Waiting for Vaults of Secrets: Olukorede Yishau Tells Us What to Expect

The cover art for Vaults of Secrets was by Wola Thomas. Line art says: Let what you have just seen remain between us. We see an image of  a person demanding that the next person in front of them keeps quiet.As is related to the book, many of the stories are about secrets being kept or being revealed. The base is on Matt lamination. A spot UV highlights a selected portion on the cover. The title name on front cover is embossed as  extra highlight.

Interview Between Olukorede and Black Boy Review
1. We have read that your new book, Vaults of Secrets will be out on October 1; that is also Nigeria’s Independence Day. Is there any intentions for this release date?October 1 has deeper meanings in my life and my siblings than just being Nigeria’s Independence Day. The first meaning is that my parents, the late Kayode Yishau and Titilayo Yishau, got married on October 1. And for a reason or reasons only the heavenly bodies can explain, my father also died on October 1 some years ago. The book i…

Interview: The Private Joys of Nnenna Maloney by Okechukwu Nzelu

Okechukwu Nzelu is a writer and teacher. He was born in Manchester in 1988, read English at Girton College, Cambridge and completed the Teach First programme. His work has been published in Agenda, PN Review, E-magazine and The Literateur and his essay ‘Troubles with God’ will be published in the anthology Safe: On Black British Men Reclaiming Space (Trapeze, 2019). In 2015 he was the recipient of a New Writing North Award for The Private Joys of Nnenna Maloney, which is his debut novel.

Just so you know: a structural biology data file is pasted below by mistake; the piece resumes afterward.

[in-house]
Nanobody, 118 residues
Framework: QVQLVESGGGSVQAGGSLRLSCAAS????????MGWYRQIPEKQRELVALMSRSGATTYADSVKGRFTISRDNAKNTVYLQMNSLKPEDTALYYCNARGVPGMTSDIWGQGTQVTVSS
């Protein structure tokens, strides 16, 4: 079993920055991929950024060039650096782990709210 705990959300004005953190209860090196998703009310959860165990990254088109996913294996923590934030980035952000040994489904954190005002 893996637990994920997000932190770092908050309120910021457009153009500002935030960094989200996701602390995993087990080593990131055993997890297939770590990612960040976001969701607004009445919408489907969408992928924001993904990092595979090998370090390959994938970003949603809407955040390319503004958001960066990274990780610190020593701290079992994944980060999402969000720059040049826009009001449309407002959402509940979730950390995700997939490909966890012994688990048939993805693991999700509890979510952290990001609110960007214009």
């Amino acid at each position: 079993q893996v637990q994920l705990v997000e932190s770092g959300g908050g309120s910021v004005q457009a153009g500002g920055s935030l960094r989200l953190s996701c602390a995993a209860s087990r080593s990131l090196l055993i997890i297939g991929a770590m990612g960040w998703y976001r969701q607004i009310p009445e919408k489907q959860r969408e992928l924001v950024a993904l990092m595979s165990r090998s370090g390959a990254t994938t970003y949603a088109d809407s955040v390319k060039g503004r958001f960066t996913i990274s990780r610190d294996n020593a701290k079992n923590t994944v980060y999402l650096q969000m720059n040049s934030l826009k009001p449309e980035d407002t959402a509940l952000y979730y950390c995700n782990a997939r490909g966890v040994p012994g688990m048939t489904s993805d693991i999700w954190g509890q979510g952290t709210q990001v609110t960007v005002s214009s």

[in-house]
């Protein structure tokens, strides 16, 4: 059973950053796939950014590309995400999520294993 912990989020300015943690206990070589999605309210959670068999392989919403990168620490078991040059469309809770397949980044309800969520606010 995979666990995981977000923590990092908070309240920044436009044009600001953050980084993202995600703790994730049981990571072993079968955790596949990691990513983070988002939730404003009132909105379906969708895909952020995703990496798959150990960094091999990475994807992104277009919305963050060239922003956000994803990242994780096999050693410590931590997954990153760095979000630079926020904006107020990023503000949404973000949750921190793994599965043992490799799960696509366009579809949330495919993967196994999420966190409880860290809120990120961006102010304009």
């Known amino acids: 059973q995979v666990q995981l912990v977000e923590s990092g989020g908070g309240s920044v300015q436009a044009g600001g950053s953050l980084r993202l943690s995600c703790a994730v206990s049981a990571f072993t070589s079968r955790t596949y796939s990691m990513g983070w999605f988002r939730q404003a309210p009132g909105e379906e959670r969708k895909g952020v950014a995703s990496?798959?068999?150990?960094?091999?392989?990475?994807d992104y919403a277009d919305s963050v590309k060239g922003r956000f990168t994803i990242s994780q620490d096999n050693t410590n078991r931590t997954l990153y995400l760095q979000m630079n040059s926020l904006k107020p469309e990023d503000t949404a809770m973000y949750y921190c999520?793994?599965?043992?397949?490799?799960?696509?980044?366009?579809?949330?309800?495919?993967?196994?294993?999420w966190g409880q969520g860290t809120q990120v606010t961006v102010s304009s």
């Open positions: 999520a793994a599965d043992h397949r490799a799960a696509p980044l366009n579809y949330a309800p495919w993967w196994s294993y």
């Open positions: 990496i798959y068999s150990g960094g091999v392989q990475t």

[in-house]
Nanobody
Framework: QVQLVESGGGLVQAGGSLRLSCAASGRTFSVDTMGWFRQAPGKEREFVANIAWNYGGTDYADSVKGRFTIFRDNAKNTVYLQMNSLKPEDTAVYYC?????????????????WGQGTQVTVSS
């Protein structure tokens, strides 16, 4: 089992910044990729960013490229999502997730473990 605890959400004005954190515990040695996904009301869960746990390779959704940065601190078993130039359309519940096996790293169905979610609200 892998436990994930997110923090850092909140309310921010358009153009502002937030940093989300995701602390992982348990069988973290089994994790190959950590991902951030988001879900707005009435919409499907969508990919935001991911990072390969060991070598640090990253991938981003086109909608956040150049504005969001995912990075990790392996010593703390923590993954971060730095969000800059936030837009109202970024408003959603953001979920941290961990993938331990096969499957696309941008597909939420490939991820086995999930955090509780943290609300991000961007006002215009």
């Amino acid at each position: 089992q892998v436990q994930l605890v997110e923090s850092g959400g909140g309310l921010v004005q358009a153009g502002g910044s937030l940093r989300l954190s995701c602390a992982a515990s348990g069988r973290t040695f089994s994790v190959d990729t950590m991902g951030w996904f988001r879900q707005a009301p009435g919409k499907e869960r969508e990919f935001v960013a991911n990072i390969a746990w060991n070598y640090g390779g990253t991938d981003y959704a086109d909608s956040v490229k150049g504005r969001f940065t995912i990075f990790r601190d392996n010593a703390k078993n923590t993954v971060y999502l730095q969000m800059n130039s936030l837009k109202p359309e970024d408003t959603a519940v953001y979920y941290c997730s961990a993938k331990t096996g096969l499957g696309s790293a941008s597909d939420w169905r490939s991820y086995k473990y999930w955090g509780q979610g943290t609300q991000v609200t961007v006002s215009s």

Book cover art by Rachelle BakerPages : 320Paper color : WhiteWater resisting cover : No
TPJONM - The Private Joys of Nnenna Maloney
Writing a comic book is one thing; and having controversial issues as race, gender and identity as thematic structures of the book is another thing. How were you able to bounce on this task?Thanks for picking up on this: it's one of the things I'm most proud of about the book. For as long as I've wanted to write a book, I've wanted to write a book that was e…

Teaser Review: Dear Alaere, by Eriye Onagoruwa

Texture: Glossy
Background: Yellowish wood
Title Font: Italicized cursive
Cover image: A smooth illustration of a woman’s face, with folds of hair, treated eyebrows, a straight nose and small lips in side view. The long neck depicts Alaere in the novel, but this might not work as placed in the book.
The first chapter on page 4; paragraph 2 points:I accepted my ugliness the way I accepted my name, Alaere. My parents did not indulge me and whenever I brought up the topic of my appearance, my mother would wave me away dismissively and my father would say what he always said, that we don’t get what we want in life and it is better to roll with the punches.
The above also appears honest; the sort of honesty that is not usually associated with book characters like Alaere. EriyeOnagoruwa has showed reality and truthfulness in this manner of truth-telling in fiction that it seems like an autobiography.
Dear Alaere, 18 chapters, each starting with ‘Dear Diary’, follows the life of this young, tech, …